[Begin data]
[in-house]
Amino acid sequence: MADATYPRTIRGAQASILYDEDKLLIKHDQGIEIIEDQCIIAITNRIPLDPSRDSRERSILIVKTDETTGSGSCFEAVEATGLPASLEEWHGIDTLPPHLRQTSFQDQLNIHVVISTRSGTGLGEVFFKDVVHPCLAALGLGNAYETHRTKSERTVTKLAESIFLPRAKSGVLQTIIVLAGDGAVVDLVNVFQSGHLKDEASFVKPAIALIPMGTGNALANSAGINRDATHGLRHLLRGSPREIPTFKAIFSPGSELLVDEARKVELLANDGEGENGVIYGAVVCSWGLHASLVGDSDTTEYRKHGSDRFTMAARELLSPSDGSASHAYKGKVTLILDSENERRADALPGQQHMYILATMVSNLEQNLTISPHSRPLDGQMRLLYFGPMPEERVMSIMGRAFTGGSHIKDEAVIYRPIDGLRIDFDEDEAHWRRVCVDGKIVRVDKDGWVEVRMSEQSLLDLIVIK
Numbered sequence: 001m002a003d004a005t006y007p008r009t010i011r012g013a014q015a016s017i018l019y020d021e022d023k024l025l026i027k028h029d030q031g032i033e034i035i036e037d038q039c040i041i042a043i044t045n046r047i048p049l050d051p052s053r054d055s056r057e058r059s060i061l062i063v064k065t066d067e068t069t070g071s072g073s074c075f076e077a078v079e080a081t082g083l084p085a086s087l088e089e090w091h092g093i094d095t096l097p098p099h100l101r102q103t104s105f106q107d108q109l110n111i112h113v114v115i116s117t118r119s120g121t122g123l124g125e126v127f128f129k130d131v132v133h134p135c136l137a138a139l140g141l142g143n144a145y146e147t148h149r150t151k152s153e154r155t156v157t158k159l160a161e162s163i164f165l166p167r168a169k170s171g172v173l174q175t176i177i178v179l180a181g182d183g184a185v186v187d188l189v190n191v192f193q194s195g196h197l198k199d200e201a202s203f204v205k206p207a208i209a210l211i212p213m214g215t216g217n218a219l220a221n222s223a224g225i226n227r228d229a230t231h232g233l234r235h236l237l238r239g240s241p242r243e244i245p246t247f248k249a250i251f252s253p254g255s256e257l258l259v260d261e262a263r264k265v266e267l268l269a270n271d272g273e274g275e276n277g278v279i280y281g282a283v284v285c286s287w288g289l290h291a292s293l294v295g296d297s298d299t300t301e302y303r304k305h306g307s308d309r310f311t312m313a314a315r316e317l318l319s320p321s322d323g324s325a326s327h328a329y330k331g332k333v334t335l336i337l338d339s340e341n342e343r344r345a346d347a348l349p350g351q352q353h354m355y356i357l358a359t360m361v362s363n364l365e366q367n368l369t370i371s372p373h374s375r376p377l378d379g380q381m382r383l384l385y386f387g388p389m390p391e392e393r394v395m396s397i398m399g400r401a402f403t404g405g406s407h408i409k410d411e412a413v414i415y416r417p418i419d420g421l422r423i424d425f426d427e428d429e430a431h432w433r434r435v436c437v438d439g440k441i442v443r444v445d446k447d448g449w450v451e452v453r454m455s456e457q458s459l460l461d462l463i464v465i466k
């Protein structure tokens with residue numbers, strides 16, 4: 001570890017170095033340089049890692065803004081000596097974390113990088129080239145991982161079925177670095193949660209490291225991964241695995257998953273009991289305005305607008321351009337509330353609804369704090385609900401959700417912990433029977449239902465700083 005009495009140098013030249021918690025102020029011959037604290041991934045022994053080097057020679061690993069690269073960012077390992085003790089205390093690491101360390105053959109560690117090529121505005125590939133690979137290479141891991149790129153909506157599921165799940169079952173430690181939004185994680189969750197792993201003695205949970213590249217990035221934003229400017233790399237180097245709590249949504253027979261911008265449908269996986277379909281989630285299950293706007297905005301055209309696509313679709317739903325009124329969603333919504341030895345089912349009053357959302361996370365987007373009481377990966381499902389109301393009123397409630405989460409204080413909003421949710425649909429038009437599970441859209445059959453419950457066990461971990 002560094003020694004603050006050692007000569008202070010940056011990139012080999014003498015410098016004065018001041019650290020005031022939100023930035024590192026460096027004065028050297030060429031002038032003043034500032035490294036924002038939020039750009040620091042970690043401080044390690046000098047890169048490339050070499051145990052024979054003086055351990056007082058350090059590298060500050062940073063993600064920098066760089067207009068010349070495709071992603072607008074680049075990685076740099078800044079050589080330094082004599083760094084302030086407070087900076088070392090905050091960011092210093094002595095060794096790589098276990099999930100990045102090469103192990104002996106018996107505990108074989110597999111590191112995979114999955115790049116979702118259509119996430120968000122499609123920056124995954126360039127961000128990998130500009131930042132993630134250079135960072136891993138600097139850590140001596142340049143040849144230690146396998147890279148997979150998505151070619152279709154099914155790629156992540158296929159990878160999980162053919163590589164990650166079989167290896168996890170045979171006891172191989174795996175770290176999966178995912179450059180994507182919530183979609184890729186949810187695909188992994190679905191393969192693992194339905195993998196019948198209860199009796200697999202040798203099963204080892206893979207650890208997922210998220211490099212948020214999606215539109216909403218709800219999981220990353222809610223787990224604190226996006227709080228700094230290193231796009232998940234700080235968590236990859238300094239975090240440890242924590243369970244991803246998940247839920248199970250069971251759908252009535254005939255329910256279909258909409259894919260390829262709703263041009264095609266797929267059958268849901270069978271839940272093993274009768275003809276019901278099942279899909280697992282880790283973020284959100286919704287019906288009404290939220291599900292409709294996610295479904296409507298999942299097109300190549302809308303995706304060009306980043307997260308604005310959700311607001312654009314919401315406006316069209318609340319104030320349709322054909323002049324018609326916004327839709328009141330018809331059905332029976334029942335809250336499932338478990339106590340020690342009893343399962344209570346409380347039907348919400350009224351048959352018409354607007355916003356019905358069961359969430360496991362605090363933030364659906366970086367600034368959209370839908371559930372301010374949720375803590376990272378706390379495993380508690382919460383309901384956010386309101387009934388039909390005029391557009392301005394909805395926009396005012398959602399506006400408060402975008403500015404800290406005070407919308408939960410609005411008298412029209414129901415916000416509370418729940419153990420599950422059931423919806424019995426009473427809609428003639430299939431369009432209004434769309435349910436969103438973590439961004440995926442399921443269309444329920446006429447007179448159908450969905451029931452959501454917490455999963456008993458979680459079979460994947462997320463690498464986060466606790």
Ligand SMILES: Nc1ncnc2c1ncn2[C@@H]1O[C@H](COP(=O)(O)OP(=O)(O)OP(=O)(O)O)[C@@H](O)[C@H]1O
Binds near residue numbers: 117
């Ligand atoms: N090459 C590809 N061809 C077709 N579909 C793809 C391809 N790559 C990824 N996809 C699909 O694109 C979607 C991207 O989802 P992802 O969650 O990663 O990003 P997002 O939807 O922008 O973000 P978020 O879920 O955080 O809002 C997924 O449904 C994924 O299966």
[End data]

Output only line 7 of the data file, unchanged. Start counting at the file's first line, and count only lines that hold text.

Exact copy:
């Ligand atoms: N090459 C590809 N061809 C077709 N579909 C793809 C391809 N790559 C990824 N996809 C699909 O694109 C979607 C991207 O989802 P992802 O969650 O990663 O990003 P997002 O939807 O922008 O973000 P978020 O879920 O955080 O809002 C997924 O449904 C994924 O299966």